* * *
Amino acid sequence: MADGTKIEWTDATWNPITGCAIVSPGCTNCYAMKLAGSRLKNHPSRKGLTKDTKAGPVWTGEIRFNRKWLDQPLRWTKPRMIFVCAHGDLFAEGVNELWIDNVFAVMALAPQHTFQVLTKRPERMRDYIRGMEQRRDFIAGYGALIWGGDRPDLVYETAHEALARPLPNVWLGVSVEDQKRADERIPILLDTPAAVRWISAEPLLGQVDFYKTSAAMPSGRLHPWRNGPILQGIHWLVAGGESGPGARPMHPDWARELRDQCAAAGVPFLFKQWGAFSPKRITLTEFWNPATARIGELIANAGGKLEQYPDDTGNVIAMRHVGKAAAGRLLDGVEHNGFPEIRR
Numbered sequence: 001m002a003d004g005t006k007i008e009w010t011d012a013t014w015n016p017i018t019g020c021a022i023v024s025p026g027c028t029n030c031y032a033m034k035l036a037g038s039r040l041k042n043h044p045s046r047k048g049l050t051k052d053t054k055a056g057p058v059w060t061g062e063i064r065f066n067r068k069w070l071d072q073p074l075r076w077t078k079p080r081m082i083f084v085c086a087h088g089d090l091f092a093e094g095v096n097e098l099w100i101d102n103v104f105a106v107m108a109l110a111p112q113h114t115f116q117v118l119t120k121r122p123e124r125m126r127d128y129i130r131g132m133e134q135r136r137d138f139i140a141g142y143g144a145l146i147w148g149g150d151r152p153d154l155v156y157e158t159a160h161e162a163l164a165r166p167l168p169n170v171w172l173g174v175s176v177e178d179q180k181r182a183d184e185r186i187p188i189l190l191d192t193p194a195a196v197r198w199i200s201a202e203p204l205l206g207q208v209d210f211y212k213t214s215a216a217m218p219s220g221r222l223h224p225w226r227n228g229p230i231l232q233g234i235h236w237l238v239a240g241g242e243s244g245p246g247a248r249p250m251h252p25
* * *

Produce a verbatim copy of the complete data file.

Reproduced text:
Amino acid sequence: MADGTKIEWTDATWNPITGCAIVSPGCTNCYAMKLAGSRLKNHPSRKGLTKDTKAGPVWTGEIRFNRKWLDQPLRWTKPRMIFVCAHGDLFAEGVNELWIDNVFAVMALAPQHTFQVLTKRPERMRDYIRGMEQRRDFIAGYGALIWGGDRPDLVYETAHEALARPLPNVWLGVSVEDQKRADERIPILLDTPAAVRWISAEPLLGQVDFYKTSAAMPSGRLHPWRNGPILQGIHWLVAGGESGPGARPMHPDWARELRDQCAAAGVPFLFKQWGAFSPKRITLTEFWNPATARIGELIANAGGKLEQYPDDTGNVIAMRHVGKAAAGRLLDGVEHNGFPEIRR
Numbered sequence: 001m002a003d004g005t006k007i008e009w010t011d012a013t014w015n016p017i018t019g020c021a022i023v024s025p026g027c028t029n030c031y032a033m034k035l036a037g038s039r040l041k042n043h044p045s046r047k048g049l050t051k052d053t054k055a056g057p058v059w060t061g062e063i064r065f066n067r068k069w070l071d072q073p074l075r076w077t078k079p080r081m082i083f084v085c086a087h088g089d090l091f092a093e094g095v096n097e098l099w100i101d102n103v104f105a106v107m108a109l110a111p112q113h114t115f116q117v118l119t120k121r122p123e124r125m126r127d128y129i130r131g132m133e134q135r136r137d138f139i140a141g142y143g144a145l146i147w148g149g150d151r152p153d154l155v156y157e158t159a160h161e162a163l164a165r166p167l168p169n170v171w172l173g174v175s176v177e178d179q180k181r182a183d184e185r186i187p188i189l190l191d192t193p194a195a196v197r198w199i200s201a202e203p204l205l206g207q208v209d210f211y212k213t214s215a216a217m218p219s220g221r222l223h224p225w226r227n228g229p230i231l232q233g234i235h236w237l238v239a240g241g242e243s244g245p246g247a248r249p250m251h252p25